Trees are viewed as a valuable economic asset but only after they are cut down for their lumber. Our economic system in fact values trees that are dead as being assets, not live ones. In its way, the plight of the world’s woods and the efforts to handle and preserve them is indicative of the whole reappraisal of the “meta economics” that is required by the need to fight climate change and recover a safe climate.
Trees cover about 30% of the Earth’s total land area, with just 10 countries owning two thirds of the total, whilst 64 countries have less than 10% of their land area but the forests are unevenly dispersed around the world. Many other causes can also include like Forest Woods Showflat are also going to high rate in terms of selling. Just over a third of the world’s forests are truly wild places with no clearly visible signs of human activity. Only 4% are forest plantations, growing trees to purchase mostly for the paper industry. Some of them mange to do this sustain-ably, but an awful lot don’t.
Generally speaking, the richest biodiversity, measured in terms of the variety of plants, birds and other species in any specified place, is to be found in the wild forests that are distant from humans.
Broadly speaking, the forests of the world grow in two great lateral bands, one incorporating the forests of Russia, Scandinavia and North America and stretching across northern latitudes. This group is of the kind of woods called’ temperate and boreal’. These feature the kind of trees that are most familiar to folks in Britain, with a combination of broadleaf trees including ash, oak, sycamore and chestnut along with needle and evergreen leaf varieties such as spruce, pine and larch. Another major group comprises the woods of Central Africa, South America and Asia and runs across latitudes in the southern hemisphere. These are tropical woods and are not all rainforests, as some of them are at higher altitudes or by the coast where they form mangrove woods. Mangroves are especially important.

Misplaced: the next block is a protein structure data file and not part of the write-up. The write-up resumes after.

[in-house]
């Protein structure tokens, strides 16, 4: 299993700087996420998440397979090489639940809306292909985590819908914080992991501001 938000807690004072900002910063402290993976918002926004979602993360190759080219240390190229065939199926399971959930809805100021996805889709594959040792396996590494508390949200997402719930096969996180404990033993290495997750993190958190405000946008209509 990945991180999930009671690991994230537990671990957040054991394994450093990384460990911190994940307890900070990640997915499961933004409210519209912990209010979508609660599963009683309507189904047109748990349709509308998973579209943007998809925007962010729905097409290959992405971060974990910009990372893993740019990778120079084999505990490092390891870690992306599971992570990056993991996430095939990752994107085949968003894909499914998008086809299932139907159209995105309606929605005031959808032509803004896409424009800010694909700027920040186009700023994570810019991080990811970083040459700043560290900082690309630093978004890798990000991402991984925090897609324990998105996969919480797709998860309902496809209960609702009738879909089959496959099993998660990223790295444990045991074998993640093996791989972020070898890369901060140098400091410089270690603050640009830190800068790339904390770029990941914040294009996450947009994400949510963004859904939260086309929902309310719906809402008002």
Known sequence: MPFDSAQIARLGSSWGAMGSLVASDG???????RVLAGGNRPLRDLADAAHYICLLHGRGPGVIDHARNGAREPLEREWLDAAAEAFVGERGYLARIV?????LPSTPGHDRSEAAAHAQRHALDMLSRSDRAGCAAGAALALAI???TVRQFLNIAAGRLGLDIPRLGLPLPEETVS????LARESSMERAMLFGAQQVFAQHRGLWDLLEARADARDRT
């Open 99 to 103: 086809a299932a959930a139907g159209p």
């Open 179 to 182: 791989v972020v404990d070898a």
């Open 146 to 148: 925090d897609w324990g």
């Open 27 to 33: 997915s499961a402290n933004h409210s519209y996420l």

The probability of sea level rises and extreme weather events caused by climate change raises the significance of mangroves as a buffer protecting coastlines in subtropics and the tropics. Regardless of this, mangroves worldwide have now been subjected to an appalling rate of destruction resulting from over-harvesting for fuel and timber wood, clearing for shrimp farms, tourism, coastal development and agriculture. Mangroves happen to be destroyed substantially faster than any other forest type.
Woods exploitation, just like fossil fuel exploitation, occurs with the exact same economic system that pays no cost for the expense of environmental destruction in line. Truly, destroying forests for lumber is big business, with the global value of wood imports worth $160 billion in 2006 and the rate of cutting them down outstrips the speed of replanting by about 7m hectares a year (which is the space inhabited by around 85 billion trees).